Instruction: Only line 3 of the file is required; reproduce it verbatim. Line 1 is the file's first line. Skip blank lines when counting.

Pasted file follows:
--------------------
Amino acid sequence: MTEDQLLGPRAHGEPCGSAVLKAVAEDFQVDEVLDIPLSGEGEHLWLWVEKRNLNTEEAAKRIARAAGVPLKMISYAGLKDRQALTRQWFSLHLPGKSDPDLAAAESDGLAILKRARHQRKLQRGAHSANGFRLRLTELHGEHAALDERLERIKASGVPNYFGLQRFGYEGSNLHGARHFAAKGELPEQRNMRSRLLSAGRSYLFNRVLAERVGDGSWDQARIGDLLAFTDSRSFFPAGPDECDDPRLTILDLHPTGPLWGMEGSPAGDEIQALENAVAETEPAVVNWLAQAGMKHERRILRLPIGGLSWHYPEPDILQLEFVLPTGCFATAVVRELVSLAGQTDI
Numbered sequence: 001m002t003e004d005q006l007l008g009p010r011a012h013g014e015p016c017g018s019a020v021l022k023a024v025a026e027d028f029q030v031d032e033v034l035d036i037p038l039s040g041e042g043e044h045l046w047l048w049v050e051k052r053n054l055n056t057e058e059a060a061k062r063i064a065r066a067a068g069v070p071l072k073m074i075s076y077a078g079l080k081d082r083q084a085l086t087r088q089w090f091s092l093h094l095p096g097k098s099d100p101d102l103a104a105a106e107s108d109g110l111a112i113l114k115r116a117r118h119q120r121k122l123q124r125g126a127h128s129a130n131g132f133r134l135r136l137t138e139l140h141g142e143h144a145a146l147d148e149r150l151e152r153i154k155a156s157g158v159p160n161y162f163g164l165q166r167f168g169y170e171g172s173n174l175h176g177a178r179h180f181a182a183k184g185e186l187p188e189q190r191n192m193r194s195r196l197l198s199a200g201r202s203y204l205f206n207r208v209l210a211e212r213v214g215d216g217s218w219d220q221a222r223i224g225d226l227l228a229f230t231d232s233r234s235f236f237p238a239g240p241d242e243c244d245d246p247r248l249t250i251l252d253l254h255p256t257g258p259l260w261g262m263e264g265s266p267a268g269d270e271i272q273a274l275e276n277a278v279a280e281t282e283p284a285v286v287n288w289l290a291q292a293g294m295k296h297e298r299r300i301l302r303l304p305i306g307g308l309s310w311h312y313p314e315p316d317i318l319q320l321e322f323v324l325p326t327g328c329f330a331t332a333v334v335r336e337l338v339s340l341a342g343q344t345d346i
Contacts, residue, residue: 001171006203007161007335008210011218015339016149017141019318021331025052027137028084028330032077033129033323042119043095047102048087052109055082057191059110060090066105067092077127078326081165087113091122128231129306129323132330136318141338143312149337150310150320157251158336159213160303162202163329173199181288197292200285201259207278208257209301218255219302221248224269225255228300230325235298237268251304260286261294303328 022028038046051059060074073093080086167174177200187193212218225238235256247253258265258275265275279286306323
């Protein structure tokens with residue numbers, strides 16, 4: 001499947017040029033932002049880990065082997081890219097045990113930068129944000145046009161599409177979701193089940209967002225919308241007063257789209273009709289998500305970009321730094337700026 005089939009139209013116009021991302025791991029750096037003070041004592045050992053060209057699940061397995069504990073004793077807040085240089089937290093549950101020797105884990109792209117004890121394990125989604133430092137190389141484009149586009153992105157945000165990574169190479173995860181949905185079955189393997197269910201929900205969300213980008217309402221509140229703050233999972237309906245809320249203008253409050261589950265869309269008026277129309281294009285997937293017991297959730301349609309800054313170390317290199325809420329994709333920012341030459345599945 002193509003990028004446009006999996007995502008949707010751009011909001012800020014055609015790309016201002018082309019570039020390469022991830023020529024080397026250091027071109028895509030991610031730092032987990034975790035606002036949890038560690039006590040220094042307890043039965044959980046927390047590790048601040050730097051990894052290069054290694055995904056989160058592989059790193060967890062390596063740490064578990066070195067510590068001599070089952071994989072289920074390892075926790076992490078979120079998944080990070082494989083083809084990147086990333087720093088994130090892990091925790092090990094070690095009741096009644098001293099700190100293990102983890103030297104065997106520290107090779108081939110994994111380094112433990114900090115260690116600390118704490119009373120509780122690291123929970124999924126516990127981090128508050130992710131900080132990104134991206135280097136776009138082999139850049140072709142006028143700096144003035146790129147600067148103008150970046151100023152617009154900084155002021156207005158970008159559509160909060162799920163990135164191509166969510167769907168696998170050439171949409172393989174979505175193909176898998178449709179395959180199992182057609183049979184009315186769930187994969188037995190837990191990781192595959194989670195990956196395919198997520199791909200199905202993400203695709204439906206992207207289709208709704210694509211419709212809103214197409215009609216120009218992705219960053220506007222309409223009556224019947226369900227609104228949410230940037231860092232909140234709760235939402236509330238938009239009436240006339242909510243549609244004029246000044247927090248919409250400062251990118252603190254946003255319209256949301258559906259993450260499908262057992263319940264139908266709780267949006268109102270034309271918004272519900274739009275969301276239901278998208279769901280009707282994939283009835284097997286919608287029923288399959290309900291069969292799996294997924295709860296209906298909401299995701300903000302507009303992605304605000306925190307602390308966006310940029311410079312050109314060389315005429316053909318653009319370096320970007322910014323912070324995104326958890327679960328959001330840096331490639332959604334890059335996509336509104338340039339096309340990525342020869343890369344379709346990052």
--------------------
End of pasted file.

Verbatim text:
Contacts, residue, residue: 001171006203007161007335008210011218015339016149017141019318021331025052027137028084028330032077033129033323042119043095047102048087052109055082057191059110060090066105067092077127078326081165087113091122128231129306129323132330136318141338143312149337150310150320157251158336159213160303162202163329173199181288197292200285201259207278208257209301218255219302221248224269225255228300230325235298237268251304260286261294303328 022028038046051059060074073093080086167174177200187193212218225238235256247253258265258275265275279286306323